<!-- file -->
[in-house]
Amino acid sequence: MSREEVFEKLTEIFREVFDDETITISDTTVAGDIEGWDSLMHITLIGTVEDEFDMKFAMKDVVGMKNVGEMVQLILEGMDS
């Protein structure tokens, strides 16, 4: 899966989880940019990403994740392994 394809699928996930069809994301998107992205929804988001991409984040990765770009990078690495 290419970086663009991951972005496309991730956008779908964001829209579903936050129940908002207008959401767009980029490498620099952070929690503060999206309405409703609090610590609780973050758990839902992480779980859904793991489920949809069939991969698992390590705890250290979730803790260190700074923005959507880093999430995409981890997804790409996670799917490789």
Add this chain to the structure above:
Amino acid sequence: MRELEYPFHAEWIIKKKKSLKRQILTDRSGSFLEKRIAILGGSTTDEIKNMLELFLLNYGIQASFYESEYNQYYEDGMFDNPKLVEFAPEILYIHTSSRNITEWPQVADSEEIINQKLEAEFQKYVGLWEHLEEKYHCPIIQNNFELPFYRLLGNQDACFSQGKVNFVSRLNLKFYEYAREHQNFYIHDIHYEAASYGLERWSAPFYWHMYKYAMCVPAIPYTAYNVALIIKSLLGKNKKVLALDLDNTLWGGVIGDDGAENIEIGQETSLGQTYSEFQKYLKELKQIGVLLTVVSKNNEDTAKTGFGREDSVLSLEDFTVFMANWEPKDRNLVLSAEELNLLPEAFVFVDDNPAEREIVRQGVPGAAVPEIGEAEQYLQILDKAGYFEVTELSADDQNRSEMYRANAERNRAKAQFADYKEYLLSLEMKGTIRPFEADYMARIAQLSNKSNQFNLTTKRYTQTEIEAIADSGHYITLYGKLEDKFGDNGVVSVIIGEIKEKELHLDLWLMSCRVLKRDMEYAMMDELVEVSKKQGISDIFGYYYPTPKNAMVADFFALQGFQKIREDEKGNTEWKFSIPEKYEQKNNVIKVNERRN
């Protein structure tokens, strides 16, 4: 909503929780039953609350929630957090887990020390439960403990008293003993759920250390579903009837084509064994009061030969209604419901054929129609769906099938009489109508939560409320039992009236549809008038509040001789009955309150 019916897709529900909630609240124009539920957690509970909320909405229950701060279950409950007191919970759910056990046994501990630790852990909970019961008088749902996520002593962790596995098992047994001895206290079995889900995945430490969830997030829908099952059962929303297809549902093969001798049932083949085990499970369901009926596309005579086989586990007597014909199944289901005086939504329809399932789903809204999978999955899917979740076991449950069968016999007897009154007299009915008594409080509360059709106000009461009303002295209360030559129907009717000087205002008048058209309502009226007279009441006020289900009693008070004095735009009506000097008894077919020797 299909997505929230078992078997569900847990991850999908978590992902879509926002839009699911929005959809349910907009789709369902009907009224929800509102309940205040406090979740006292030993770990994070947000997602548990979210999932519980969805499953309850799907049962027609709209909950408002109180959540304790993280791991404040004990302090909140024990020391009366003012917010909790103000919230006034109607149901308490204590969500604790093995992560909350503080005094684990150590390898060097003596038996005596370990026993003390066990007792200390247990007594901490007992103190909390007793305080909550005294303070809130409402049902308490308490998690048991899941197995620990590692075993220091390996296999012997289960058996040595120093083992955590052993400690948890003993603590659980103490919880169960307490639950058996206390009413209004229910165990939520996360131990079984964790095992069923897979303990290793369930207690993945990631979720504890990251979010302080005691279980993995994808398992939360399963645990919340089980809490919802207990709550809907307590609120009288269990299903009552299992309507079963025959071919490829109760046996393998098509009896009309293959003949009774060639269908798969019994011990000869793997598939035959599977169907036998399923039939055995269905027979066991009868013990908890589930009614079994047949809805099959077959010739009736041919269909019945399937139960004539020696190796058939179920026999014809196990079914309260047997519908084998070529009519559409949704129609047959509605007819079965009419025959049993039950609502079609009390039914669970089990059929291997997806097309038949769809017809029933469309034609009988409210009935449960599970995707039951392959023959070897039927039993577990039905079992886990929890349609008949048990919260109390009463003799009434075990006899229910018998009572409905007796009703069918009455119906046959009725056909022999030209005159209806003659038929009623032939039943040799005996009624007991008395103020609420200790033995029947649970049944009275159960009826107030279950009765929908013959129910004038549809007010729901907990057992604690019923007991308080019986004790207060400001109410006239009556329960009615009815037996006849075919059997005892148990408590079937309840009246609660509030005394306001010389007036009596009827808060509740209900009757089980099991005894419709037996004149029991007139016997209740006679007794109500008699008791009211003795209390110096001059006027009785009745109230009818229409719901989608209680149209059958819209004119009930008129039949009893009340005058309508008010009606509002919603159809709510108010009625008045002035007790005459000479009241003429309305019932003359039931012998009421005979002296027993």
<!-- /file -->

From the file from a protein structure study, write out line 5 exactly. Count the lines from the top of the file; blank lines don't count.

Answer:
Amino acid sequence: MRELEYPFHAEWIIKKKKSLKRQILTDRSGSFLEKRIAILGGSTTDEIKNMLELFLLNYGIQASFYESEYNQYYEDGMFDNPKLVEFAPEILYIHTSSRNITEWPQVADSEEIINQKLEAEFQKYVGLWEHLEEKYHCPIIQNNFELPFYRLLGNQDACFSQGKVNFVSRLNLKFYEYAREHQNFYIHDIHYEAASYGLERWSAPFYWHMYKYAMCVPAIPYTAYNVALIIKSLLGKNKKVLALDLDNTLWGGVIGDDGAENIEIGQETSLGQTYSEFQKYLKELKQIGVLLTVVSKNNEDTAKTGFGREDSVLSLEDFTVFMANWEPKDRNLVLSAEELNLLPEAFVFVDDNPAEREIVRQGVPGAAVPEIGEAEQYLQILDKAGYFEVTELSADDQNRSEMYRANAERNRAKAQFADYKEYLLSLEMKGTIRPFEADYMARIAQLSNKSNQFNLTTKRYTQTEIEAIADSGHYITLYGKLEDKFGDNGVVSVIIGEIKEKELHLDLWLMSCRVLKRDMEYAMMDELVEVSKKQGISDIFGYYYPTPKNAMVADFFALQGFQKIREDEKGNTEWKFSIPEKYEQKNNVIKVNERRN